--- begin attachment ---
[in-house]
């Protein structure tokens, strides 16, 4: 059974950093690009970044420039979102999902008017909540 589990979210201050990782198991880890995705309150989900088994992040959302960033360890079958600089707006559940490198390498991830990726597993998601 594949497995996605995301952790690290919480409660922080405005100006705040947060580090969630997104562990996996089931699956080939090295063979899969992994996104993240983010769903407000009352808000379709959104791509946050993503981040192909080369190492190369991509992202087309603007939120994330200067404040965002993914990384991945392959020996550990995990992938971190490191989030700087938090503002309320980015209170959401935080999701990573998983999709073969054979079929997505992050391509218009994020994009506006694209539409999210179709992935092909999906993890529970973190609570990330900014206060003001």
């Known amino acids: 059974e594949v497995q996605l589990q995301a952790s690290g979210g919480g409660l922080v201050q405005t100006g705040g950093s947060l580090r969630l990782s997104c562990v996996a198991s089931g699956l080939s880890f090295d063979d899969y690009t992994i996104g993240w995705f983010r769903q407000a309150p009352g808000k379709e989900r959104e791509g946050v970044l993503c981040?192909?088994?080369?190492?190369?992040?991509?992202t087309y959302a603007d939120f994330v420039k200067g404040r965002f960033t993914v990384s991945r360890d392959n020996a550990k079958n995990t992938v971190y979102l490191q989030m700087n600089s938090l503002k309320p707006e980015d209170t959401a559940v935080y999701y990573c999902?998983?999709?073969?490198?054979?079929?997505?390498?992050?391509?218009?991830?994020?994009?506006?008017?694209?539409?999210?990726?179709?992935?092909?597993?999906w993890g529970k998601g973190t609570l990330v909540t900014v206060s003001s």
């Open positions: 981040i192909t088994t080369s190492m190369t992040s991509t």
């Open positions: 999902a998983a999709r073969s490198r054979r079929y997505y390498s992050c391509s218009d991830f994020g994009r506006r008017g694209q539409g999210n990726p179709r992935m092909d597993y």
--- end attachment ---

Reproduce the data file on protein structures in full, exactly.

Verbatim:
[in-house]
């Protein structure tokens, strides 16, 4: 059974950093690009970044420039979102999902008017909540 589990979210201050990782198991880890995705309150989900088994992040959302960033360890079958600089707006559940490198390498991830990726597993998601 594949497995996605995301952790690290919480409660922080405005100006705040947060580090969630997104562990996996089931699956080939090295063979899969992994996104993240983010769903407000009352808000379709959104791509946050993503981040192909080369190492190369991509992202087309603007939120994330200067404040965002993914990384991945392959020996550990995990992938971190490191989030700087938090503002309320980015209170959401935080999701990573998983999709073969054979079929997505992050391509218009994020994009506006694209539409999210179709992935092909999906993890529970973190609570990330900014206060003001």
């Known amino acids: 059974e594949v497995q996605l589990q995301a952790s690290g979210g919480g409660l922080v201050q405005t100006g705040g950093s947060l580090r969630l990782s997104c562990v996996a198991s089931g699956l080939s880890f090295d063979d899969y690009t992994i996104g993240w995705f983010r769903q407000a309150p009352g808000k379709e989900r959104e791509g946050v970044l993503c981040?192909?088994?080369?190492?190369?992040?991509?992202t087309y959302a603007d939120f994330v420039k200067g404040r965002f960033t993914v990384s991945r360890d392959n020996a550990k079958n995990t992938v971190y979102l490191q989030m700087n600089s938090l503002k309320p707006e980015d209170t959401a559940v935080y999701y990573c999902?998983?999709?073969?490198?054979?079929?997505?390498?992050?391509?218009?991830?994020?994009?506006?008017?694209?539409?999210?990726?179709?992935?092909?597993?999906w993890g529970k998601g973190t609570l990330v909540t900014v206060s003001s």
């Open positions: 981040i192909t088994t080369s190492m190369t992040s991509t």
């Open positions: 999902a998983a999709r073969s490198r054979r079929y997505y390498s992050c391509s218009d991830f994020g994009r506006r008017g694209q539409g999210n990726p179709r992935m092909d597993y």